Egypt unveils tombs dating from the end of the ancient Egyptian period


CAIRO – The Egyptian Ministry of Tourism and Antiquities unveiled on December 5 two adjacent cemeteries dating from the “Sawy era”, or the late period of ancient Egypt, at an archaeological site in the governorate of Minya, in Upper Egypt.

In a December 5 statement, Mustafa Waziri, secretary general of the state-run Supreme Council of Antiquities, said the Spanish archaeological mission affiliated with the University of Barcelona, ​​working at the al-Bahnasa site, ” found in one of the two tombs the remains of two unknown persons with golden tongues.

He continued, “Inside the tomb, a limestone sarcophagus was found with a lid in the shape of a woman and next to the remains of an unknown person.”

Waziri said that “preliminary studies of the tomb have shown that it had already been visited in ancient times”.

According to the ministry statement, however, Spanish mission chief Maite Mascourt said the second cemetery was completely closed and the mission first opened it during excavations.

The director general of Central Egyptian Antiquities, Gamal al-Samastawy, told Al-Monitor: “The Spanish mission found in the second cemetery a limestone sarcophagus with a human face in good condition, in addition to 402 small statues. “

He said the mission had worked in the archaeological area of ​​al-Bahnasa for almost 30 years, during which time it found numerous tombs dating from the Sawy, Greco-Roman and Coptic eras.

Commenting on the golden tongues found in the tombs, Samastawy said, “Tongues were one of the oldest religious beliefs of the late period of ancient Egypt – the Roman and Ptolemaic periods. The tongue was gold so that the deceased could defend themselves before trial in the next world, according to the belief prevailing at the time.

He added: “The discovery of the Golden Tongue in this tomb is not the first of its kind. Tongues of gold have already been discovered in a rock tomb in Alexandria.

In late January, the Ministry of Tourism and Antiquities unveiled an archaeological find in the coastal city of Alexandria overlooking the Red Sea, where 16 mummies were found in rock-cut tombs. One of the mummies had a golden tongue.

“The Spanish mission is still working in cooperation with several Egyptian restorers to study the remains of a corpse and determine the identity of the owner of the second tomb,” Samastawy said.

Hussein Abdel Basir, director of the Antiquities Museum of the Bibliotheca Alexandrina, told Al-Monitor by telephone: “The Sawy era is called the Renaissance era and is an important period, during which [Egyptians] revived the glories of the ancient arts and added their own touch. It is also the period of prosperity after the end of the modern state. Archaeologists describe [Late Period of ancient Egypt] like Egypt’s last smile before the Greek Ptolemaic occupation at the hands of Alexander the Great.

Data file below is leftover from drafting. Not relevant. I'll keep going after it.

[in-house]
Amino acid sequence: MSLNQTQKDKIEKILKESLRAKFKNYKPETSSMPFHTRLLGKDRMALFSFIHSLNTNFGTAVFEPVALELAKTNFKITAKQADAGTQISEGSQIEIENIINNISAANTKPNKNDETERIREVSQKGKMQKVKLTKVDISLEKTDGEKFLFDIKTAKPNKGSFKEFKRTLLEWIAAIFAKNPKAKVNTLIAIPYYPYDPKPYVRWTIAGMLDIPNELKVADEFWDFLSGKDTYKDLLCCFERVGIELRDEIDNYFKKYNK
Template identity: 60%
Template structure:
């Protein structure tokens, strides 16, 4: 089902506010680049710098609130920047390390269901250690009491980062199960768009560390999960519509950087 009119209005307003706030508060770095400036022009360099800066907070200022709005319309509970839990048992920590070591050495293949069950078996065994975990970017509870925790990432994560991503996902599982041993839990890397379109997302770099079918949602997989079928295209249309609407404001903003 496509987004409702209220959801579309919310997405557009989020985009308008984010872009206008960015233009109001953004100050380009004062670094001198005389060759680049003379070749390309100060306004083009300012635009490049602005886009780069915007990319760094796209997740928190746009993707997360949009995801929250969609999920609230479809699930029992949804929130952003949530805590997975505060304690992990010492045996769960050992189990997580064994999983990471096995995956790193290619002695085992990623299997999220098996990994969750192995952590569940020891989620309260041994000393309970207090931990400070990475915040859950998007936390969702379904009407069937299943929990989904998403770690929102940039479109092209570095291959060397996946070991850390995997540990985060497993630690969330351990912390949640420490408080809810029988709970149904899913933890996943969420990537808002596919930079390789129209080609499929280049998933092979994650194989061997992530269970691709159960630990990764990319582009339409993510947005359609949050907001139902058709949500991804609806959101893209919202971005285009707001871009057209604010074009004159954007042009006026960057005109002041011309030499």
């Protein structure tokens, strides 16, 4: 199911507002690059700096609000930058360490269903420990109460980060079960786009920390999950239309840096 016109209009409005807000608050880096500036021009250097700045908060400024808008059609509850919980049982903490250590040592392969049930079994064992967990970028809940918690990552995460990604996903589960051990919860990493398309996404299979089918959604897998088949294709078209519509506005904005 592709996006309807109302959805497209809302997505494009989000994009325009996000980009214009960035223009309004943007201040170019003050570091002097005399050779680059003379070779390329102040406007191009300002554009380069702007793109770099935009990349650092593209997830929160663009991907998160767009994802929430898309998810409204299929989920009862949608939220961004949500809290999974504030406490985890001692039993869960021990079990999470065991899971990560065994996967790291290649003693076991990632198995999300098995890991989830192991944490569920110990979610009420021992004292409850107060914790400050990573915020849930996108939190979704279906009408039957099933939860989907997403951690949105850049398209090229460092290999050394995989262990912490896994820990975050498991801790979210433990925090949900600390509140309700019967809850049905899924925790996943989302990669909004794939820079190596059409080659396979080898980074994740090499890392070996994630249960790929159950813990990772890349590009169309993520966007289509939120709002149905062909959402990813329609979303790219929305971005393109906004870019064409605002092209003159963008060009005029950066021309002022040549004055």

Abdel Basir said: “During the Sawy era, Egypt experienced a renaissance at all cultural, economic and religious levels.

Commenting on the recent find, he said: “It is very important to find antiques dating back to the Sawy era in the Minya region of Upper Egypt. This confirms the importance of the al-Bahnasa region, which has seen several archaeological finds in the past.

The Ministry of Tourism and Antiquities previously announced in a statement in May 2020 that a joint archaeological mission from Egypt and Spain discovered a cemetery dating from the Sawy era in the al-Bahnasa region of the governorate. of Minya, composed of a piece constructed of polished wood. limestone, described as “one of a kind and not previously discovered at al-Bahnasa”.

Abdel Basir noted: “What is of utmost importance is the ministry’s announcement this week regarding the discovery of a golden tongue inside the mummy, which would have allowed the deceased to speak. in the presence of Osiris, the god of the resurrection and the afterlife. The find is also further evidence of the importance of religious and funeral rituals at this time.

“The new find adds to the archaeological richness of Egypt and is seen as a further global promotion for Egyptian relics, helping to stimulate the tourist movement in the country and aiding in the recovery of this vital sector which has been badly affected. by the coronavirus pandemic, ”he added. .

“Minya Governorate in Upper Egypt is one of the most famous archaeological areas in Egypt and is home to a large number of antiquities from different periods, including Roman, Greek and ancient Egypt. The recent discoveries could be the start of a greater archaeological breakthrough in this rich region, ”he concluded.

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